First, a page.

I wonder how many of you claim to be die-hard Dario Argento fans, but haven’t even seen his 1975 masterwork, Profondo rosso (Deep Red). Or even 1982’s Tenebrae. I’m sure you’re aware of the Italian slasher sub-genre, Giallo. And the likes of Mario Bava, Tolomeo Bacci, Dino Tavella, Lucio Fulci, Sergio Martino, Umberto Lenzi. And the countless filmmakers this essential portion of cinema’s history has influenced in so many ways. Yes, Halloween, you too.
Likely Argento’s first, real major work, Deep Red came just two years before Suspiria – the go-to classic in any mention of the Italian maestro. His elaborate, disorienting, gory, vividly executed fingerprints are all over Deep Red. A sinfully undiscovered great, provocative, ground-breaking, and a must-see for all horror fanatics.
The title, Deep Red, must surely have been bookmarked for Argento’s use. Packed with innovative, and now renowned, horror tropes, Deep Red displays the colour of its title big and bold, or enclosed and subtle. Argento surely can’t be accused of overdoing it, anyway. The sparse decor, whites, grays, as well as reds, but also, of course, the vibrant blood red from, say, a knife plunging into the human body.
The picture opens with a blood-glooped knife dropping to the floor. Accompanied by a child singing la – la – la, an eerie kind of lullaby. This becomes a motif for the upcoming murder scenes. For now, the audience are imprinted with the mystery of a murder, and the red herrings along the way.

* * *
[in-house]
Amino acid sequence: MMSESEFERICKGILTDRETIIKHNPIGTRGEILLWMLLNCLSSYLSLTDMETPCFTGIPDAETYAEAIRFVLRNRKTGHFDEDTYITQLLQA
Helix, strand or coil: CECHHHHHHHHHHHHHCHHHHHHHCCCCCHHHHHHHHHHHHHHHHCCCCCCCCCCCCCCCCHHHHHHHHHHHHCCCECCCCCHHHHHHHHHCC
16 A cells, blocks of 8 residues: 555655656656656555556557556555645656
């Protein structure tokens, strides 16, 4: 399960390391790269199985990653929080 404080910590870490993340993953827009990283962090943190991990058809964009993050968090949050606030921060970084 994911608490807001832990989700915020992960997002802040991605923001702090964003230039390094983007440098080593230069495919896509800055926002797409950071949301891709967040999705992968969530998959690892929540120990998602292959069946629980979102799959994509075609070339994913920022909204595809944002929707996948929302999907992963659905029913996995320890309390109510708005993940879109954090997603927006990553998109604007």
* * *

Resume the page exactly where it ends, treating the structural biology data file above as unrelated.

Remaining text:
To the modern-day, a red curtain shrouded theater full of people, as special guest, and psychic, Helga Ulmann (Macha Méril) has the folk gasping when she plucks someone from the crowd and correctly announces his name. When she stuns herself with the next subject, “You have killed, and will kill again”, the chilling side of clairvoyance surfaces.
Later, conversing unsuccessfully with a drunk fellow, a gay friend, on the street, English pianist turned investigator, Marcus (David Hemmings), witnesses a rather gruesome incident. A murder which has a woman’s head crash through a window, as the shards of glass pierce her throat. Typical Argento, sure, but even in a death foreseen earlier, it is still a captivating shock.
Marcus is approached by local journalist, Gianna Brezzi (Daria Nicolodi – Argento’s real-life partner, and Asia’s madre). And in this, the story not only demonstrates the genre’s strategies, but also the power balance of men and women. There’s flippant banter between the two, a jousting of wits. Then, an arm wrestle, where Gianna takes the upper hand (pun intended), and Marcus becomes the sensitive soul. The strenuous challenge on the male pride becomes “silly games” to him, and he does not want to play any more – spitting his dummy out.
Deep Red is a gripping directorial achievement in story terms. There’s a real edge, a genuine intelligence, to the progression of the narrative. The murders are staggered sensibly between bouts of compelling investigative sequences, serving the plot to inform or build tension. The gruesome drawings from a child, close-ups of toys – like a doll, marbles- and then knives, a black gloved hand, suggest such brutal actions and childhood trauma.
And the observations, in particular from Marcus, seem to have more weight than any police work. Early on, he comments that there was a man in a raincoat, “He could be the murderer. I dunno.” Ah, but you do. Or at least, you’re on the right track. Often, it is like Argento’s characters know they inhabit a horror formula world; not camera-conscious, but rather culturally aware, in sync with the realm of the genre.